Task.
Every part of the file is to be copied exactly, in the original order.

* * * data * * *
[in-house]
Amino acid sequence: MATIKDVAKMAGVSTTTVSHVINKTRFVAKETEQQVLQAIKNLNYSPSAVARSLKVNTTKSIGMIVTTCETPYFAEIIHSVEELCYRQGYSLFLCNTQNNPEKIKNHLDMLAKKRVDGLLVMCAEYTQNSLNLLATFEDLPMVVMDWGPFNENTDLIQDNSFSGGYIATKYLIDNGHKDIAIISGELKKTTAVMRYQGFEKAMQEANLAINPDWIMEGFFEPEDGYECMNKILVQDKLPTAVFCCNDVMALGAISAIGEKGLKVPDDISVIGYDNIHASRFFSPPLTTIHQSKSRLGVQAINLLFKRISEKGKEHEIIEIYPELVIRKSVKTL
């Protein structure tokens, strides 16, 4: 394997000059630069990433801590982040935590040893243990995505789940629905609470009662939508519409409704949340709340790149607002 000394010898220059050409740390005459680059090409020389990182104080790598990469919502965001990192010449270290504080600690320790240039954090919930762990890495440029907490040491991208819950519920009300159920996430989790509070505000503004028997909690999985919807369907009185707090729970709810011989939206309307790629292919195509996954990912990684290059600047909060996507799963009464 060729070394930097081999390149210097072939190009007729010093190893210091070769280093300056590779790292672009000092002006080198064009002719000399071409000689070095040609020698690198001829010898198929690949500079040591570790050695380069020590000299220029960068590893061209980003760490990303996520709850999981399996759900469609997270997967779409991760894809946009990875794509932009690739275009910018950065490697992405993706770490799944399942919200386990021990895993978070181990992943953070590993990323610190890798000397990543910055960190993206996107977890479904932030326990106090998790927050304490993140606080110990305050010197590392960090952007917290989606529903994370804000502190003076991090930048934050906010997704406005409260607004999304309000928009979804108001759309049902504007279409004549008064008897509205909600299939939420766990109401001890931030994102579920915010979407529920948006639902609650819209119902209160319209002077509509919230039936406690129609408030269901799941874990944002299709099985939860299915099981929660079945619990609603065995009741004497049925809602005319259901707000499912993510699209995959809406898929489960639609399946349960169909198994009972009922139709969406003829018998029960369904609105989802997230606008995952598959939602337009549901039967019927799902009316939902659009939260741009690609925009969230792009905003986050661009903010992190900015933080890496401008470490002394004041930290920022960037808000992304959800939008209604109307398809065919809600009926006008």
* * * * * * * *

[in-house]
Amino acid sequence: MATIKDVAKMAGVSTTTVSHVINKTRFVAKETEQQVLQAIKNLNYSPSAVARSLKVNTTKSIGMIVTTCETPYFAEIIHSVEELCYRQGYSLFLCNTQNNPEKIKNHLDMLAKKRVDGLLVMCAEYTQNSLNLLATFEDLPMVVMDWGPFNENTDLIQDNSFSGGYIATKYLIDNGHKDIAIISGELKKTTAVMRYQGFEKAMQEANLAINPDWIMEGFFEPEDGYECMNKILVQDKLPTAVFCCNDVMALGAISAIGEKGLKVPDDISVIGYDNIHASRFFSPPLTTIHQSKSRLGVQAINLLFKRISEKGKEHEIIEIYPELVIRKSVKTL
């Protein structure tokens, strides 16, 4: 394997000059630069990433801590982040935590040893243990995505789940629905609470009662939508519409409704949340709340790149607002 000394010898220059050409740390005459680059090409020389990182104080790598990469919502965001990192010449270290504080600690320790240039954090919930762990890495440029907490040491991208819950519920009300159920996430989790509070505000503004028997909690999985919807369907009185707090729970709810011989939206309307790629292919195509996954990912990684290059600047909060996507799963009464 060729070394930097081999390149210097072939190009007729010093190893210091070769280093300056590779790292672009000092002006080198064009002719000399071409000689070095040609020698690198001829010898198929690949500079040591570790050695380069020590000299220029960068590893061209980003760490990303996520709850999981399996759900469609997270997967779409991760894809946009990875794509932009690739275009910018950065490697992405993706770490799944399942919200386990021990895993978070181990992943953070590993990323610190890798000397990543910055960190993206996107977890479904932030326990106090998790927050304490993140606080110990305050010197590392960090952007917290989606529903994370804000502190003076991090930048934050906010997704406005409260607004999304309000928009979804108001759309049902504007279409004549008064008897509205909600299939939420766990109401001890931030994102579920915010979407529920948006639902609650819209119902209160319209002077509509919230039936406690129609408030269901799941874990944002299709099985939860299915099981929660079945619990609603065995009741004497049925809602005319259901707000499912993510699209995959809406898929489960639609399946349960169909198994009972009922139709969406003829018998029960369904609105989802997230606008995952598959939602337009549901039967019927799902009316939902659009939260741009690609925009969230792009905003986050661009903010992190900015933080890496401008470490002394004041930290920022960037808000992304959800939008209604109307398809065919809600009926006008």